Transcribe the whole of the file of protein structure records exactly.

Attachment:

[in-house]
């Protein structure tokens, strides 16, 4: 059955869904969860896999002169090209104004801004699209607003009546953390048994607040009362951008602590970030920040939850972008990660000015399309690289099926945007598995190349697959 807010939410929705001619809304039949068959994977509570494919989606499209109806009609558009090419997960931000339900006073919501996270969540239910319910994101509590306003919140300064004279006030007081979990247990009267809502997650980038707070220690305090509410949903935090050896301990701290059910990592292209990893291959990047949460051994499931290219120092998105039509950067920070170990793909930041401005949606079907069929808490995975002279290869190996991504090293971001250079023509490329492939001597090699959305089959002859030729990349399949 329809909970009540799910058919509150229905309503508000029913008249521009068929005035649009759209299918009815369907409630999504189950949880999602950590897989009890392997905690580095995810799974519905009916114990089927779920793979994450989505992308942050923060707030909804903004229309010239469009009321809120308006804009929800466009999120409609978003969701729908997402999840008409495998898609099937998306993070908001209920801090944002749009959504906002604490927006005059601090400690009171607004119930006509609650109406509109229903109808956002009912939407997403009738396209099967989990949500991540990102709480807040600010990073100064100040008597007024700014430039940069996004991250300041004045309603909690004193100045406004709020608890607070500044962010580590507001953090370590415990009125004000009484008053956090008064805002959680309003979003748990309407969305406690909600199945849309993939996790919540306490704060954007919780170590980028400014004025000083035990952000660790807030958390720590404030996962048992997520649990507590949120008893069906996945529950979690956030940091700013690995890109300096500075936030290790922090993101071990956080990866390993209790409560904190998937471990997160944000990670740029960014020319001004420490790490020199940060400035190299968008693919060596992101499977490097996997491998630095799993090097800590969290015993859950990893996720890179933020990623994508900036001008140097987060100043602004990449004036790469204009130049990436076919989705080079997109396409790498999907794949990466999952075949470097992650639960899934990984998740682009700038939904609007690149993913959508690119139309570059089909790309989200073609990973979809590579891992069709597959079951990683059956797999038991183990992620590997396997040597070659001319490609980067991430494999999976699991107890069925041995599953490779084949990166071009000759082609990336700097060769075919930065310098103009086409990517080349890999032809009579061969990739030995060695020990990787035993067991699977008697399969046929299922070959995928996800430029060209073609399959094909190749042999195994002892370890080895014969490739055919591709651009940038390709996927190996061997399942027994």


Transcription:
[in-house]
């Protein structure tokens, strides 16, 4: 059955869904969860896999002169090209104004801004699209607003009546953390048994607040009362951008602590970030920040939850972008990660000015399309690289099926945007598995190349697959 807010939410929705001619809304039949068959994977509570494919989606499209109806009609558009090419997960931000339900006073919501996270969540239910319910994101509590306003919140300064004279006030007081979990247990009267809502997650980038707070220690305090509410949903935090050896301990701290059910990592292209990893291959990047949460051994499931290219120092998105039509950067920070170990793909930041401005949606079907069929808490995975002279290869190996991504090293971001250079023509490329492939001597090699959305089959002859030729990349399949 329809909970009540799910058919509150229905309503508000029913008249521009068929005035649009759209299918009815369907409630999504189950949880999602950590897989009890392997905690580095995810799974519905009916114990089927779920793979994450989505992308942050923060707030909804903004229309010239469009009321809120308006804009929800466009999120409609978003969701729908997402999840008409495998898609099937998306993070908001209920801090944002749009959504906002604490927006005059601090400690009171607004119930006509609650109406509109229903109808956002009912939407997403009738396209099967989990949500991540990102709480807040600010990073100064100040008597007024700014430039940069996004991250300041004045309603909690004193100045406004709020608890607070500044962010580590507001953090370590415990009125004000009484008053956090008064805002959680309003979003748990309407969305406690909600199945849309993939996790919540306490704060954007919780170590980028400014004025000083035990952000660790807030958390720590404030996962048992997520649990507590949120008893069906996945529950979690956030940091700013690995890109300096500075936030290790922090993101071990956080990866390993209790409560904190998937471990997160944000990670740029960014020319001004420490790490020199940060400035190299968008693919060596992101499977490097996997491998630095799993090097800590969290015993859950990893996720890179933020990623994508900036001008140097987060100043602004990449004036790469204009130049990436076919989705080079997109396409790498999907794949990466999952075949470097992650639960899934990984998740682009700038939904609007690149993913959508690119139309570059089909790309989200073609990973979809590579891992069709597959079951990683059956797999038991183990992620590997396997040597070659001319490609980067991430494999999976699991107890069925041995599953490779084949990166071009000759082609990336700097060769075919930065310098103009086409990517080349890999032809009579061969990739030995060695020990990787035993067991699977008697399969046929299922070959995928996800430029060209073609399959094909190749042999195994002892370890080895014969490739055919591709651009940038390709996927190996061997399942027994």